Commons Reason and Amendments
1V: Page 12, line 39, leave out from “crimes)” to end of line 2 on page 13
1W: Page 13, line 13, leave out from “crimes)” to end of line 18
1X: Page 13, line 34, leave out paragraph 24
1Y: Page 14, line 6, leave out from “crimes)” to end of line 12
1Z: Page 14, line 33, leave out sub-paragraph (b)
My Lords, I am extremely pleased to confirm that the Commons has agreed to the government Amendments 1V, 1W and 1X in lieu of Lords Amendments 1S to 1U. In doing so, I draw attention to the consequential Amendments 1Y and 1Z—which were also agreed—to the government amendments, which serve only to delete the now unnecessary definition of articles in Schedule 1.
As I set out in some detail in our debate on this issue on Monday, it has always been the Government’s view that the measures in the Bill will not increase the risk of our service personnel or veterans being investigated or prosecuted by the International Criminal Court. Accepting this amendment in lieu, which will exclude all offences that fall within the jurisdiction of the International Criminal Court, including war crimes, will offer further reassurance and put this issue beyond any doubt.
The other place has agreed to Lords Amendment 1R, which excludes all offences under the Geneva Conventions Act 1957 from Part 1 of the Bill. The grave breaches of the Geneva conventions referred to in that Act are also war crimes offences through the International Criminal Court Act 2001. As such, it is right that these offences should also be included in Schedule 1 in order to maintain a consistent approach.
The measures in Part 1 of the Bill will apply to all “overseas operations”, as defined in Clause 1(6), and it is perhaps worth remembering that not all alleged offences committed on an overseas operation will amount to an ICC Act offence. I can reassure your Lordships, therefore, that service personnel and veterans will continue to receive the benefits of the additional protections provided by the measures in Part 1 of the Bill in respect of historical alleged criminal offences under the criminal law of England and Wales through the Armed Forces Act 2006, saving those offences that have been excluded by Schedule 1.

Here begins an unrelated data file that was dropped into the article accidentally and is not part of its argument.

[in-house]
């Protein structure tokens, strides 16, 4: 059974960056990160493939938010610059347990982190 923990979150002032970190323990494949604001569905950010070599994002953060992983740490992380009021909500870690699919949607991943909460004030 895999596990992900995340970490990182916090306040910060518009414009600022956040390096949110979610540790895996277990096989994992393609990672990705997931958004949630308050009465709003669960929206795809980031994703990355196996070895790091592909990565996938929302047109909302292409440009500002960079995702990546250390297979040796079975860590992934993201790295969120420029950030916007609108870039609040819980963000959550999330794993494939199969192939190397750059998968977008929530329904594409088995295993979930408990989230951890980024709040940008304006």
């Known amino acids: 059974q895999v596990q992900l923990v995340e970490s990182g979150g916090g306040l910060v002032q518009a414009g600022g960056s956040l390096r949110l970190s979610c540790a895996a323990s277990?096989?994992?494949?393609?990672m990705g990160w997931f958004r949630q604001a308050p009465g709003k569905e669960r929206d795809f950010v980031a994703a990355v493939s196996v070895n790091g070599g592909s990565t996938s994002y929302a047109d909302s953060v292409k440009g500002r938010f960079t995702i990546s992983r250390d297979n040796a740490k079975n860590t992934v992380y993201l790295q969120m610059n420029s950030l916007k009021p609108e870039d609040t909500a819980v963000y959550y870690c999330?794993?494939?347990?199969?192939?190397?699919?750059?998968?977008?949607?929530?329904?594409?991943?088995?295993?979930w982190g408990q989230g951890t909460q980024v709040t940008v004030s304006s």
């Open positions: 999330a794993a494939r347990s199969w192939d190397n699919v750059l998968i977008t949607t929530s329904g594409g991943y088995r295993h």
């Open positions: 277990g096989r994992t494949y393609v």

The decision of whether to exclude war crimes from the measures in the Bill has limited practical effect. In practice, the prosecutor would still have retained their discretion to prosecute an individual for a war crime, because any credible allegation would be likely to trigger the exceptionality threshold in the presumption. The decision to exclude war crimes is aligned with the highest standards that we expect from all our Armed Forces personnel, the overwhelming majority of whom meet those expectations and serve with great distinction. But we rightly hold anyone to account when they fall short of these expectations.
The Bill delivers the Government’s commitment to protect our service personnel and veterans from the threat of legal proceedings in connection with historical overseas operations many years after the events in question, and it reinforces our continuing commitment to strengthen the rule of law and maintain our leading role in upholding the rules-based international system. We intend to maintain our leading role in the promotion and protection of human rights, democracy and the rule of law.
The Government have listened to the concerns of both Houses, particularly the concerns so eloquently expressed by noble Lords on this matter, and the other place has accepted the government amendments in lieu. I therefore urge your Lordships to likewise accept these amendments.
I also beg to move Motion B, that this House do not insist on its Amendment 5B, to which the Commons have disagreed for their reason 5C.